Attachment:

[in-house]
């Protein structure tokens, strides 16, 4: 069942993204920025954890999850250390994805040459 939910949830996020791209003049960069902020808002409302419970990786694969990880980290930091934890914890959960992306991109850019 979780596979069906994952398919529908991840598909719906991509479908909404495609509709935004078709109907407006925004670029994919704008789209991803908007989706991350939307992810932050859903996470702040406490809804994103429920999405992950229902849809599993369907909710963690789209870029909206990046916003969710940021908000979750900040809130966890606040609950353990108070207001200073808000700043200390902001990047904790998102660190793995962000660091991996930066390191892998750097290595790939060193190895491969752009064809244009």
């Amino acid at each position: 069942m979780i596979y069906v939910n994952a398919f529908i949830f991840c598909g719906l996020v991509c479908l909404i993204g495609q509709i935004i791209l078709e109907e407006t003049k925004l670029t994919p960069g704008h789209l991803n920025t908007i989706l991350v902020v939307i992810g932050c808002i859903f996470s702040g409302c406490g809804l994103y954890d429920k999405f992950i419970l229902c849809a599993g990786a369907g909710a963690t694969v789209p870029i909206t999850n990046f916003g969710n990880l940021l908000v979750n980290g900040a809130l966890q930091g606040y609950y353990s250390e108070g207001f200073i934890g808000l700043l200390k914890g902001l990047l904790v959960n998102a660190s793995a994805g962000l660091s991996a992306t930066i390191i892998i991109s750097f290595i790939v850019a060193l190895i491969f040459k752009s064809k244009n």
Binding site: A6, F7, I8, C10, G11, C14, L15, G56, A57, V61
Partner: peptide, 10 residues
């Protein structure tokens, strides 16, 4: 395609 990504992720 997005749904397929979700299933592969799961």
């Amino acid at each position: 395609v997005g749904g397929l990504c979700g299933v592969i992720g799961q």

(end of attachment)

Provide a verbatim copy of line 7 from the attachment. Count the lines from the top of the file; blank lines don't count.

């Amino acid at each position: 395609v997005g749904g397929l990504c979700g299933v592969i992720g799961q």